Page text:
North Jersey Casino Supporters Plan Marketing Campaign

A move to allow casinos outside of Atlantic City will not go before New Jersey voters this year, but supporters of the plan now say they will use the extra time to create and an ad campaign in support of the idea. Polls have shown that a majority of New Jersey residents are against expanding casinos, but Meadowlands owner Jeff Gural (l.) says they can change the public’s mind.

With the chance of a referendum on expanding New Jersey casinos to the northern part of the state now dead for this year, supporters say they will use the time to make the case for casino expansion to state voters.

Advocates of casino expansion in the state are set to spend $10 million to $15 million on advertising to support the idea. And the campaign may be needed as most polls have shown New Jersey residents are not in favor of allowing casinos outside of Atlantic City.

The most recent Fairleigh Dickinson University PublicMind poll in June found 56 percent of New Jersey residents opposed expanding casino gambling and just 37 percent favored it.

“I think we would have to,” Meadowlands Racetrack operator Jeff Gural—who is partnering with Hard Rock on a proposed casino on the property in East Rutherford—told “From what I see when we do polling, if you simply ask the question, ‘Are you in favor of expanding gambling?’ the immediate reaction is no. Why would we expand gambling because Atlantic City is doing badly? Why add casinos?”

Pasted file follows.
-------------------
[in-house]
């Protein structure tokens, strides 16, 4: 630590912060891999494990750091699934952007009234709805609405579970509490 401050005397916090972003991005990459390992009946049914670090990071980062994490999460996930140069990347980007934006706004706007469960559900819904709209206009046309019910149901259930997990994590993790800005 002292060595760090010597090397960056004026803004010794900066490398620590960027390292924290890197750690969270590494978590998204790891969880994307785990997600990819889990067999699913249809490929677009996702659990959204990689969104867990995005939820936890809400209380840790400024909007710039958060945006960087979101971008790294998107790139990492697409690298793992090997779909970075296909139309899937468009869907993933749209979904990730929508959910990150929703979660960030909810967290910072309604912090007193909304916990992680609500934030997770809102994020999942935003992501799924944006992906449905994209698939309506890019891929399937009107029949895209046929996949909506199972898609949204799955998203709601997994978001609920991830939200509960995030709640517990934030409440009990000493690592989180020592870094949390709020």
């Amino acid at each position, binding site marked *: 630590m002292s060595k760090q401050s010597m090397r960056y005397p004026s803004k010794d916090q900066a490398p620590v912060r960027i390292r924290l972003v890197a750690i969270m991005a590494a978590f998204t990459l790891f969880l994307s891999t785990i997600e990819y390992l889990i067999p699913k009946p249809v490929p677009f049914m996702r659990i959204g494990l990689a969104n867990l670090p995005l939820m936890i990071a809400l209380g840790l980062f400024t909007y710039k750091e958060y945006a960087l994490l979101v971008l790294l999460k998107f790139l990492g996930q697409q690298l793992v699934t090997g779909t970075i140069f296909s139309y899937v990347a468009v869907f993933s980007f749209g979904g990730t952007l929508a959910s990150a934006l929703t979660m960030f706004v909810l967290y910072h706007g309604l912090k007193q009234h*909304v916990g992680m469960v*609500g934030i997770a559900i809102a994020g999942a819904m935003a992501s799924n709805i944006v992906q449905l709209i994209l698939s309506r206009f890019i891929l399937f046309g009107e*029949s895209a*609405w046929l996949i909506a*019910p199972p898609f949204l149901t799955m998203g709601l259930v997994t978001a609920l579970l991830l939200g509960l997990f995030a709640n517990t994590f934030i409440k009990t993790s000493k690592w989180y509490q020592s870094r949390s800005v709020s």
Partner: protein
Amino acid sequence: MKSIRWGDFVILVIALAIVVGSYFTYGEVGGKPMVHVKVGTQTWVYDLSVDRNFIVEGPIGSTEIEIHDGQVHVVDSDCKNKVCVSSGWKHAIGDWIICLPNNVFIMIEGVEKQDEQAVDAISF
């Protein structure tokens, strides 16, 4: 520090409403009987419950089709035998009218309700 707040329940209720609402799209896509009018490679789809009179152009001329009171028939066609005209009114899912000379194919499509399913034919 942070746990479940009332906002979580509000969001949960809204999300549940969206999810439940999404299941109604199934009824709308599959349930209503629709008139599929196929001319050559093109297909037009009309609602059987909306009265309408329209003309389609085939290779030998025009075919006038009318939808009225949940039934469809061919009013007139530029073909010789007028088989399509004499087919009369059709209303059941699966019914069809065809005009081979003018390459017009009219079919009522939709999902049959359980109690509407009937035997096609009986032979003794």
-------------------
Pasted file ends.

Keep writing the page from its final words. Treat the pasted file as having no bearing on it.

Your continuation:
“But when we say, ‘Would you be in favor at the Meadowlands if we give the state $500 million a year and some of that money would go to help Atlantic City recover and rebuild?’ then it would be a positive,” Gural said. “The key to us to get the referendum passed is to get the message out. If we can’t get the message out, it will lose.”

Complicating the issue is the number of casino proposals that are being played out for other parts of the state. Casinos have been proposed in the Meadowlands and Jersey City, and other plans want to open up several northern New Jersey counties to possible casinos.

The move is also bitterly opposed by many southern New Jersey politicians looking to protect Atlantic City, which saw four casinos in the resort close in 2014.

Gural also said he feels a referendum would have succeeded this November.

“It was a terrible mistake not going in 2015,” he said. “I think it would have passed easily in 2015. I think 2016 is harder because it’s more expensive and getting your message out is that much harder because you’re competing with a presidential and congressional election.”